Establishment of six tree species on deep-tilled minesoil during reclamation

Document Type


Journal/Book Title/Conference

Forest Ecology and Management







Publication Date


First Page


Last Page



Compaction of replaced soil during reclamation of surface-mined land can limit trees. Growth, survival, and water relations of bare-root seedlings of six tree species were followed on deep-tilled and untilled minesoil for 2 years after planting. Trees were planted in rows deep-tilled to 0.7 m and in untilled soil; mowing and herbicides controlled competing vegetation. Leaf area, shoot elongation, and diameter increment were measured in both years, and predawn and midday water potential, and midday stomatal conductance, were measured in the second year. Survival was 16–98% after the first season, varying more among species than between tillage treatments. Rainfall was 50% less in the second season, resulting in a progressive decline in predawn water potential in all treatments and a decrease in survival for several species on untilled soil. Similarly, trees on deep-tilled soil grew slightly more than those on untilled soil in the second season. Tillage effects on survival and growth were not consistently detectable between years, however, and 3 years after planting there were no further changes in survival. Differences in survival and growth among species were large. Survival of black locust was approximately double that of any other species, and its growth was several orders of magnitude greater than that of other species, whereas all of the tulip poplars died by the end of the second season. Over 2 years it appeared that most species had not grown enough either to exploit fully the deep-tilled soil or to be impeded on the untilled soil such that differences in establishment could be detected. The full impact of deep tillage on reclamation with trees must be assessed, however, by following growth and survival over a longer time period.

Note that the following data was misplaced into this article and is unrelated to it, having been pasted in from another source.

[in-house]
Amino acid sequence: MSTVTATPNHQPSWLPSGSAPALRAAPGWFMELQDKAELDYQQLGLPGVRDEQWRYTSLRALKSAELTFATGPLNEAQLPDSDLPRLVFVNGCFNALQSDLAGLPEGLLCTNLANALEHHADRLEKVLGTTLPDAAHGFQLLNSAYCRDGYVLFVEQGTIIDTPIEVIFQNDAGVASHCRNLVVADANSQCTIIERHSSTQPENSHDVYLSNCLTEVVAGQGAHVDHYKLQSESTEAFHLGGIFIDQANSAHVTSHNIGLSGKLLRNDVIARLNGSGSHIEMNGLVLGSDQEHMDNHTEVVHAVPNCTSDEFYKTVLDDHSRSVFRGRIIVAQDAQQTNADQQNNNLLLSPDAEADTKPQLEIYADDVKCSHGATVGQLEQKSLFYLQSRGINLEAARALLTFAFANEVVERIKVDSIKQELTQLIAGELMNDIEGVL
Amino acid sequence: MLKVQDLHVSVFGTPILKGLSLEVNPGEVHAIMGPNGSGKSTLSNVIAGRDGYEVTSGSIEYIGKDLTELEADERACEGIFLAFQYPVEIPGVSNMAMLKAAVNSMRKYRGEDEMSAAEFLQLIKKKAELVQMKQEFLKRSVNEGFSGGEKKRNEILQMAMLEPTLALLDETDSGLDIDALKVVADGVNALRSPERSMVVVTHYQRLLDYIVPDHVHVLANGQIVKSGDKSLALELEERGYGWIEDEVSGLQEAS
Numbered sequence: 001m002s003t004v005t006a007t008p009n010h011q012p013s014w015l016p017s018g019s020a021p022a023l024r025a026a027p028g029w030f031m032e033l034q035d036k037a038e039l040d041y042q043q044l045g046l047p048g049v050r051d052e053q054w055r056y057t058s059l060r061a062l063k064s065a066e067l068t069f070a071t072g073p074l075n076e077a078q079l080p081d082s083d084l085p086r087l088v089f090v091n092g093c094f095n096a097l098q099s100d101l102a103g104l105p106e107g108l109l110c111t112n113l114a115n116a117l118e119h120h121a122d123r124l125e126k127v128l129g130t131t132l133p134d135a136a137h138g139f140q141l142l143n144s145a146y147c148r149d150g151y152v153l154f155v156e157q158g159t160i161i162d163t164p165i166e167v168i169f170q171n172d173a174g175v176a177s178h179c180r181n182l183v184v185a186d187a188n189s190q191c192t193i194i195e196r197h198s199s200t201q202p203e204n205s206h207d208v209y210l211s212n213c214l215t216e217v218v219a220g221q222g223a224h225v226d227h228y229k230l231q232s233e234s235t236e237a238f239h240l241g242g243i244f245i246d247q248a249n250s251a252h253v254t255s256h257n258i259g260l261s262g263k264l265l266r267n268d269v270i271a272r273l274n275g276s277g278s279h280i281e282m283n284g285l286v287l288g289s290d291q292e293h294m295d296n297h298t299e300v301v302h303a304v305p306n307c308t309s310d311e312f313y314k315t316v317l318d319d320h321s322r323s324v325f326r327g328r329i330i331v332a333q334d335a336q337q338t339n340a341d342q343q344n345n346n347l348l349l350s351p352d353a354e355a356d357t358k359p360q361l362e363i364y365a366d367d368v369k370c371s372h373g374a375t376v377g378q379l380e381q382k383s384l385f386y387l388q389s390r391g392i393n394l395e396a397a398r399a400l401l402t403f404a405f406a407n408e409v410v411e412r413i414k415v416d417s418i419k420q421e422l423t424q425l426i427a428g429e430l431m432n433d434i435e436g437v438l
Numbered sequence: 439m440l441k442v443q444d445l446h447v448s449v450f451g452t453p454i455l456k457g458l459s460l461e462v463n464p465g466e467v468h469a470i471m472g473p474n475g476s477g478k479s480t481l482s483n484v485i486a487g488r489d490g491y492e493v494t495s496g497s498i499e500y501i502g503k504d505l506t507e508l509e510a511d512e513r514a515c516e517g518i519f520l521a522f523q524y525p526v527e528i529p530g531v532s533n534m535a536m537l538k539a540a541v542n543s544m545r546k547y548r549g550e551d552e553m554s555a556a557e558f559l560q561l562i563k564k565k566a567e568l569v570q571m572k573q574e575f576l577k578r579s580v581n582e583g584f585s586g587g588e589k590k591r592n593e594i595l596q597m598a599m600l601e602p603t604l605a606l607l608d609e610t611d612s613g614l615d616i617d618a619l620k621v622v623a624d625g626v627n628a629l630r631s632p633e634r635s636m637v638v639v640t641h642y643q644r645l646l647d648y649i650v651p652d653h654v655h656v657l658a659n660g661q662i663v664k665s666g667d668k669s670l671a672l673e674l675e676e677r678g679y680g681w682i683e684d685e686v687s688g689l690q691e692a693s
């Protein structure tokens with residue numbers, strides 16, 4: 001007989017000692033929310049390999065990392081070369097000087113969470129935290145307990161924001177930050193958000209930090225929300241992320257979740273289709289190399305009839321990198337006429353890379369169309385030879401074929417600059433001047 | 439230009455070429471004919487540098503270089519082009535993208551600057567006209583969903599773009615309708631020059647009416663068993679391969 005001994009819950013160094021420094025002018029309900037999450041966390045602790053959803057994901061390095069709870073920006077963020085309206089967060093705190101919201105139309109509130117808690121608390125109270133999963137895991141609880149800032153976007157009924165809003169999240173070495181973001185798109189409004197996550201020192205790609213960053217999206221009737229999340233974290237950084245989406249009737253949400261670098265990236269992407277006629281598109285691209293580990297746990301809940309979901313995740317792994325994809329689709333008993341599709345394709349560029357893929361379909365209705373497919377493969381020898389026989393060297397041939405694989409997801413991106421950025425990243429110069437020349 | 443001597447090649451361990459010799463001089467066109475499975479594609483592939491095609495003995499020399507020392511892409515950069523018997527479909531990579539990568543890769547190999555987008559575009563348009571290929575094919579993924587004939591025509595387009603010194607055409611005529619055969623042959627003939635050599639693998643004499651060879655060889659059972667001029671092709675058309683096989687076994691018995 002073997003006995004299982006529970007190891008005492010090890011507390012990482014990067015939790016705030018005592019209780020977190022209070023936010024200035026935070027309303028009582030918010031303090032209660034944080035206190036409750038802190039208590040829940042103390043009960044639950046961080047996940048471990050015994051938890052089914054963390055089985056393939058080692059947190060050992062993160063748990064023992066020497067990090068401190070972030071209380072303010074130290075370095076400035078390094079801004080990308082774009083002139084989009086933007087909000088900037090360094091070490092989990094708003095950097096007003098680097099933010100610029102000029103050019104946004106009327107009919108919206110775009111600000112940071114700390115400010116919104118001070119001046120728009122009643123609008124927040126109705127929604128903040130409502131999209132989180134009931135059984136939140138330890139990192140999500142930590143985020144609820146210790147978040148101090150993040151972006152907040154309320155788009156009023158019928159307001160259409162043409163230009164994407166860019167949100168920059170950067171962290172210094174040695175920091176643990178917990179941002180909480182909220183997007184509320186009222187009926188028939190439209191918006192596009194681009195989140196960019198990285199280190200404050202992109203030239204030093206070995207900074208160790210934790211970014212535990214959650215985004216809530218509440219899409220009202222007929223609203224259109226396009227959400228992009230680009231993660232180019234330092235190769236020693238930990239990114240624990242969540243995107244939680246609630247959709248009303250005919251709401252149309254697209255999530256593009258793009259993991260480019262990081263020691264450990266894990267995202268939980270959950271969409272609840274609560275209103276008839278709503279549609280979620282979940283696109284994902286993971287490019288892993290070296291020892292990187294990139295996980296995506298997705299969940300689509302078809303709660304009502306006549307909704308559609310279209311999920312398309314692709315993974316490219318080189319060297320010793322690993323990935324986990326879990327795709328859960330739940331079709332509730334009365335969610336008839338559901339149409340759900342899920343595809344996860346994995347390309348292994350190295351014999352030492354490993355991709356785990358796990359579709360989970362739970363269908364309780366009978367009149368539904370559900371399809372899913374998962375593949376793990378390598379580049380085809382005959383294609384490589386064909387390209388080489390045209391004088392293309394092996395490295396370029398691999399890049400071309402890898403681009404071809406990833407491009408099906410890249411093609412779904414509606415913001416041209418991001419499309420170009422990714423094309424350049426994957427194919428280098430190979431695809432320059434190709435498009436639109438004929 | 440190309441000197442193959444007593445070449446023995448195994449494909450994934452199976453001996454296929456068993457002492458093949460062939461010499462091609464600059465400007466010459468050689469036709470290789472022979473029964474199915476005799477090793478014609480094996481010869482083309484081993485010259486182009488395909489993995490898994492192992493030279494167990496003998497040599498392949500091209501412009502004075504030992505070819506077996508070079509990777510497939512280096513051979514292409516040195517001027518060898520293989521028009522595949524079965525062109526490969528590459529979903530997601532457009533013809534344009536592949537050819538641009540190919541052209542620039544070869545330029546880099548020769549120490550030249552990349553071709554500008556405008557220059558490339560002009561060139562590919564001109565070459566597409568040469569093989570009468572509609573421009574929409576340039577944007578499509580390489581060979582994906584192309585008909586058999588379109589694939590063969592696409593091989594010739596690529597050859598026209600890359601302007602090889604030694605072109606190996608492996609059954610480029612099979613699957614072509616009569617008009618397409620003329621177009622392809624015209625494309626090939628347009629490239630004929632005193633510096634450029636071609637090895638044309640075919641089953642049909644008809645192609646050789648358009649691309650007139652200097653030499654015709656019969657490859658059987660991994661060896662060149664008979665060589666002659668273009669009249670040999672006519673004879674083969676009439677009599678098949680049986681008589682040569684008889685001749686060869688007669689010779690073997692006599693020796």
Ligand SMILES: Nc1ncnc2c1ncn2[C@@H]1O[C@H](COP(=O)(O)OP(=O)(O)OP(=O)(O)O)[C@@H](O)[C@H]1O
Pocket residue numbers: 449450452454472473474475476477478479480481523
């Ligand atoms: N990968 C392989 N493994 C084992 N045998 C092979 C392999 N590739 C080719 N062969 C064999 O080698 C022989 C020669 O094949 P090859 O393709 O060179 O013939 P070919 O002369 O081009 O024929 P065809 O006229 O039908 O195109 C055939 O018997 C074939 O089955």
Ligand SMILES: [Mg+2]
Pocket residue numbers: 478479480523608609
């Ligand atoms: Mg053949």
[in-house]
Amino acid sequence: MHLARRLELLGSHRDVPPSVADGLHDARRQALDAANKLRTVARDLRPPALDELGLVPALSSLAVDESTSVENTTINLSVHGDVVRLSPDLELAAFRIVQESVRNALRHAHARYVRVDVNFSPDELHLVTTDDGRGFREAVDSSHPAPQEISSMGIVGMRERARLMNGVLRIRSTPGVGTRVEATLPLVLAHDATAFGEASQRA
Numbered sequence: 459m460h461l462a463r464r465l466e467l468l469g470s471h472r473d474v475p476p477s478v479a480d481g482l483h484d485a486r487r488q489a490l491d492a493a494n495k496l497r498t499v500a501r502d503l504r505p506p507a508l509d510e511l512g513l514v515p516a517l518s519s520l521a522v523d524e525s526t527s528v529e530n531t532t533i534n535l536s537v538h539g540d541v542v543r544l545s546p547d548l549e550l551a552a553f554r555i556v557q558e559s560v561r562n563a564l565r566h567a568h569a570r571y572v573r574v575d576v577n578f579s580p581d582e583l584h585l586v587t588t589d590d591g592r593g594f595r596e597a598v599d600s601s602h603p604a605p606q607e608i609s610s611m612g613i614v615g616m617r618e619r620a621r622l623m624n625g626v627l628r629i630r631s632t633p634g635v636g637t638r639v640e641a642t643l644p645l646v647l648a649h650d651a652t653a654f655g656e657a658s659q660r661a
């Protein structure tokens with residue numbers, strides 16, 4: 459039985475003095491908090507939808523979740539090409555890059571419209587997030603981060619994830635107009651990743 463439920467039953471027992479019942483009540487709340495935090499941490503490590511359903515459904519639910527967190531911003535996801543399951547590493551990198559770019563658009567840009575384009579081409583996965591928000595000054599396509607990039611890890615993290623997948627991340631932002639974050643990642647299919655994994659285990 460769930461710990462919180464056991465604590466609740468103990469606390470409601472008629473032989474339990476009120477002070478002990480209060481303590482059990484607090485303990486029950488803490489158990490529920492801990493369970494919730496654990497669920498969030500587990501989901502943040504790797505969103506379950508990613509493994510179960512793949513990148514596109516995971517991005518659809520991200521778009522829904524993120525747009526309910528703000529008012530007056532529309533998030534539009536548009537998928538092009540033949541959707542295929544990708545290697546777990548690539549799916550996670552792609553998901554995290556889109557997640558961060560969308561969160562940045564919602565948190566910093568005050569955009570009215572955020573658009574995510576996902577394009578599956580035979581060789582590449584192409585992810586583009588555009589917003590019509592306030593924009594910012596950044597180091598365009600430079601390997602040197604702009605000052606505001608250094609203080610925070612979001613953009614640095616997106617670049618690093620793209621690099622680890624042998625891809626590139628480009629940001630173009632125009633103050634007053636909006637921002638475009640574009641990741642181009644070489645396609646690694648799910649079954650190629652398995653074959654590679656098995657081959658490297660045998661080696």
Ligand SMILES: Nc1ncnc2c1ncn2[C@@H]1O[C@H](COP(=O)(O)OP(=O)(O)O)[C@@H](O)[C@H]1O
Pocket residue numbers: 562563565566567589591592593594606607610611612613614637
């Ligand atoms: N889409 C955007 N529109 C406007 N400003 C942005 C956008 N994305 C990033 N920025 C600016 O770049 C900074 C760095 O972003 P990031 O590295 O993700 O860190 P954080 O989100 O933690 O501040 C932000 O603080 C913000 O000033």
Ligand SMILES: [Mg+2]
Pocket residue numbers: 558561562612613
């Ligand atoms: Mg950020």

This document is currently not available here.